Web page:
04 11月 留学 论文代写-互动对儿童学习双语的好处
Early childhood is the time when a child rapidly develops emotionally, physically, socially and cognitively. Some families may prioritize the development of bilingualism, while other may like to focus on other aspects of development. In certain cases, where the family lacks fluency in the second language, bilingualism cannot be developed during the early childhood. As a general rule, it should be remembered that bilingualism is one of the means of promoting early development successfully, and secondly the second language can be learnt even more successfully at any age. Language is a window through which a child sees the world. Therefore, it is for the parents to provide numerous listening inputs and outputs in the shape of interacting in one language. They should not be restrained to do so just because of lack of their fluency in the language.
Languages spoken by parents to their children play an important role in the acquisition of bilingual language. The languages spoken by those who are closest to the children are equally important. Technically, this kind of exposure of a child to language is known as “comprehensible input’. It has been claimed by Carolyn Kessler, in Bilingual Education, Paper Series of 1984 edition that children have faster development in spoken in their environment. This may not be a reflection of the language used in the surrounding locality. Other factors responsible for affecting the language developments are the quantum, separation and the stability of input and the attitude with regard to bilingualism.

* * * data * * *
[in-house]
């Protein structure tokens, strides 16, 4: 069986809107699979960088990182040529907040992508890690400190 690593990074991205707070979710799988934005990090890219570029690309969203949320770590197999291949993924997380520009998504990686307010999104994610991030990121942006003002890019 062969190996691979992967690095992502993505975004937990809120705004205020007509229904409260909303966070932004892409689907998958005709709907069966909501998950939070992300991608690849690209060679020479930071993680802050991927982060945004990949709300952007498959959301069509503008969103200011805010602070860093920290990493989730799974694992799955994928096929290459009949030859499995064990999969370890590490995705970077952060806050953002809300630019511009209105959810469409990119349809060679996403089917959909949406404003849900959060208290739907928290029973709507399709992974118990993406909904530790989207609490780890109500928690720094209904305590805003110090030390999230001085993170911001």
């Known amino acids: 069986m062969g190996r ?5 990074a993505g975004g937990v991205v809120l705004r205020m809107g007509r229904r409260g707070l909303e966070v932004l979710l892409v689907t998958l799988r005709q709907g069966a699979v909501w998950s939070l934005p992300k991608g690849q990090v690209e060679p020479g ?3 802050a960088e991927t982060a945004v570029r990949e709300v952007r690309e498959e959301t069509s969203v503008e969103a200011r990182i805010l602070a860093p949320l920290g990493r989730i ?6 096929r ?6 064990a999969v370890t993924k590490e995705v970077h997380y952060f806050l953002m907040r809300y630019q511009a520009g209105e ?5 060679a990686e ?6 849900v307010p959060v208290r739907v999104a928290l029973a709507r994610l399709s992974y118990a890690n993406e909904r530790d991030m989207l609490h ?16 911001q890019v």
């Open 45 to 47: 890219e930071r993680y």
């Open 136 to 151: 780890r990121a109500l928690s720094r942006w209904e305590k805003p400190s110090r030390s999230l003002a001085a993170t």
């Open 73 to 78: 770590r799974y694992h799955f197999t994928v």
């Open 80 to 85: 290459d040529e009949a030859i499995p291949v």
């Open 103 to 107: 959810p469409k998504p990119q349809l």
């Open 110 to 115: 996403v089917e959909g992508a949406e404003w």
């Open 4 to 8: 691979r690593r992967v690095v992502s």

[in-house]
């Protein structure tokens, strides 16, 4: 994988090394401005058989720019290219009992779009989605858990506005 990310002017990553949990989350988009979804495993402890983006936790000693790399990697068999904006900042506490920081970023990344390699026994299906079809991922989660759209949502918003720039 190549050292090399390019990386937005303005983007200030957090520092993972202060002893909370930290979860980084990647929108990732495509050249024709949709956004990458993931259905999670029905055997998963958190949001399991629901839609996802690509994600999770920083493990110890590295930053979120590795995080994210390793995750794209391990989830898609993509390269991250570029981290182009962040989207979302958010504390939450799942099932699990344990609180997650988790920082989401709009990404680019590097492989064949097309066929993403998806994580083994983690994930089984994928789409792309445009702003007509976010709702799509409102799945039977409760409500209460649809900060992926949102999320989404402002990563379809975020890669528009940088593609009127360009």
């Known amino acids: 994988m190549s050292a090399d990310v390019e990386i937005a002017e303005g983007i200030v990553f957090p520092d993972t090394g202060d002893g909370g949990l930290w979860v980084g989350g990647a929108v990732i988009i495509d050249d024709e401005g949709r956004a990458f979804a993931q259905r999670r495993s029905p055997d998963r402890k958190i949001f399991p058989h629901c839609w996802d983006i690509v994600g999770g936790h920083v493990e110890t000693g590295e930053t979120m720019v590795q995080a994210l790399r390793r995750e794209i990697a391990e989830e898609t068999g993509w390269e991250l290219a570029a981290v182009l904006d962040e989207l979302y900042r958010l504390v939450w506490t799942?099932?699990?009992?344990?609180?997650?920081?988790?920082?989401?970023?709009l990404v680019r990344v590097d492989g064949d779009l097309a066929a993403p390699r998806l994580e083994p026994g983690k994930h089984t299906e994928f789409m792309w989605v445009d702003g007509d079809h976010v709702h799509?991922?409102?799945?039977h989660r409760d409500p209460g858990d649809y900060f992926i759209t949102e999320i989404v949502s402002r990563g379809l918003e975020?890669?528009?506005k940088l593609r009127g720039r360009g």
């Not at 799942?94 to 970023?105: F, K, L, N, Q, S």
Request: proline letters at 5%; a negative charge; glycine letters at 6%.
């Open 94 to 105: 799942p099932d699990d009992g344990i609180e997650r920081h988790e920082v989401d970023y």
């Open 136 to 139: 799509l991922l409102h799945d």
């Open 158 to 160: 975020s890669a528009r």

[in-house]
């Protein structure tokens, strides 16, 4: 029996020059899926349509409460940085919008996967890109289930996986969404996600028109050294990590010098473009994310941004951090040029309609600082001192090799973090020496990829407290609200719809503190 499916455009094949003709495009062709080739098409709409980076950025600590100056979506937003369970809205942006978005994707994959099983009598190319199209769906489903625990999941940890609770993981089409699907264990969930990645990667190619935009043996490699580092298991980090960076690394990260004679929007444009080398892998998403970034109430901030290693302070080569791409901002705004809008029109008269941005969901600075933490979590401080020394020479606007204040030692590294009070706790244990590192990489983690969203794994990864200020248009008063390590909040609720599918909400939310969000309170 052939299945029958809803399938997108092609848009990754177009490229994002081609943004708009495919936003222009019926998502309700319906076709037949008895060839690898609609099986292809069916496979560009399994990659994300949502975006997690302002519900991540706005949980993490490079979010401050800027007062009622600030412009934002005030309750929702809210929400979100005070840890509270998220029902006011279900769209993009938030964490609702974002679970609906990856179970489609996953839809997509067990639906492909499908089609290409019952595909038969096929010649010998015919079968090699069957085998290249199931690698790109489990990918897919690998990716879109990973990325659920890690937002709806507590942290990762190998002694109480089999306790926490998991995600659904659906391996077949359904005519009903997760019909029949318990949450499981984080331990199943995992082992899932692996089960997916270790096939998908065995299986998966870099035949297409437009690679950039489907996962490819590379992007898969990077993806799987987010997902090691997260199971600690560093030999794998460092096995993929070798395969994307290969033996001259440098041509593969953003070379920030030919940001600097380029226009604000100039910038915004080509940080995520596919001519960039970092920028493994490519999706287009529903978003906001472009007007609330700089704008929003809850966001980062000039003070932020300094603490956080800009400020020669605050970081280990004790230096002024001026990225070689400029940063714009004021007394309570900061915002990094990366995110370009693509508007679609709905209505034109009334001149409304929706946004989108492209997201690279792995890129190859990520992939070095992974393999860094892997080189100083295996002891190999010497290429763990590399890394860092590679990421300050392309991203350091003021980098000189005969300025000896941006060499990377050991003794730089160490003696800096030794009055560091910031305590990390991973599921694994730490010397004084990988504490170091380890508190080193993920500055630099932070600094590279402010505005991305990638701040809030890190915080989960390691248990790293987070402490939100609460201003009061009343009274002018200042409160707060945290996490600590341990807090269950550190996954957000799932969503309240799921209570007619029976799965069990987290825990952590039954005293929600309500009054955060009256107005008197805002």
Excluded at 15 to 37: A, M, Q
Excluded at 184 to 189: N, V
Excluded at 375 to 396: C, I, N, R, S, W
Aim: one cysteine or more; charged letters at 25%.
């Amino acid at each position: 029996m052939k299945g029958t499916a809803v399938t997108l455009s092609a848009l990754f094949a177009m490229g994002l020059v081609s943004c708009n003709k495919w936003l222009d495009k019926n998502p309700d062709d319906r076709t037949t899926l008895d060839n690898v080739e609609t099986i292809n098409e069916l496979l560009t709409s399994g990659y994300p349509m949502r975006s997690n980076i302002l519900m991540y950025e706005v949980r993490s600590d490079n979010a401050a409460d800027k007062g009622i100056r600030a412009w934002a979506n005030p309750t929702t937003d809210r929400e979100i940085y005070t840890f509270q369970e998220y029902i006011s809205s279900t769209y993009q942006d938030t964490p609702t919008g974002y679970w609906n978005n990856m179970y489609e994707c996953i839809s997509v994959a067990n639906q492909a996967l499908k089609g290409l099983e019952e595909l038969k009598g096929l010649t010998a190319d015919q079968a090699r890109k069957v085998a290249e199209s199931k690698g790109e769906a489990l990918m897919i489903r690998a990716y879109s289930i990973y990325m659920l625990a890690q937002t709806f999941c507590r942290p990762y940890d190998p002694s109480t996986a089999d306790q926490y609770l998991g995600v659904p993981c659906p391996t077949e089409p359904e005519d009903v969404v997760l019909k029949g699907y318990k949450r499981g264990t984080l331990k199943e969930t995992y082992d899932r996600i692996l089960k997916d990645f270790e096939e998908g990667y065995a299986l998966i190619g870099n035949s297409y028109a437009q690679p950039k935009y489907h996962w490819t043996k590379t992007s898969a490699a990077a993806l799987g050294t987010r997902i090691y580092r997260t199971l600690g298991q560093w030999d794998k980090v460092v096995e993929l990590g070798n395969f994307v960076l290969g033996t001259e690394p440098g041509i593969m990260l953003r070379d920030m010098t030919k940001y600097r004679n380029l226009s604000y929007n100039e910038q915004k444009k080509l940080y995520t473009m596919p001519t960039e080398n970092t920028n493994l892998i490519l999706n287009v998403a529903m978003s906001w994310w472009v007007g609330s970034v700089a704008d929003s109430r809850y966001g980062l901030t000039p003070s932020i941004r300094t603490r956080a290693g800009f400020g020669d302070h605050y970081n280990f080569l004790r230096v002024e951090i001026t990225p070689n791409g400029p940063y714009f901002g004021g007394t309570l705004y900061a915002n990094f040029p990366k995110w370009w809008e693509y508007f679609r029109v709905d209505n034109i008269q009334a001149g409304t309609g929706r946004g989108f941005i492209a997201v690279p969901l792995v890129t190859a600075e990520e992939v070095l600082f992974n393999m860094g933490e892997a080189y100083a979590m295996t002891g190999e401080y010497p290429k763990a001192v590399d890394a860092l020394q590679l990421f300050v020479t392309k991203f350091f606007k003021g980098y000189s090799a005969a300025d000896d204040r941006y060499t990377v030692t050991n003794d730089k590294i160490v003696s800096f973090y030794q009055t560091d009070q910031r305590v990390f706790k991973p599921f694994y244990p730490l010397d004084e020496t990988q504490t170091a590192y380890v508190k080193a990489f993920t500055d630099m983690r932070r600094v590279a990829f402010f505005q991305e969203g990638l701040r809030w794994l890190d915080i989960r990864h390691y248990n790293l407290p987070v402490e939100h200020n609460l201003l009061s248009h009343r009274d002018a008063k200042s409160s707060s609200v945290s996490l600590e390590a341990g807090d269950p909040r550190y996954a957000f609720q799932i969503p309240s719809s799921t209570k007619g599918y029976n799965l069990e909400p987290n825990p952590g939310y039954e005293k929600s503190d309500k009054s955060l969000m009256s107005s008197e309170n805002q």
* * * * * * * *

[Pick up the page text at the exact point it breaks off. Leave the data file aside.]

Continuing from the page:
Language of each person, interacting with a child makes significant effect on bilingualism. The quantum of language input depends upon the extent of time such person spends in interacting with the child. It has been found from research that a child having lesser exposure to a language will have lower receptive vocabulary score for that particular language. On the contrary, the receptive vocabulary of bilingual children is no less than that of the monolingual. The vocabulary size of each language is affected by two factors, namely how frequently the child is exposed and to what extent the exposure differs. The more variable is the contexts of exposure and the more opportunities of input are fed to the child.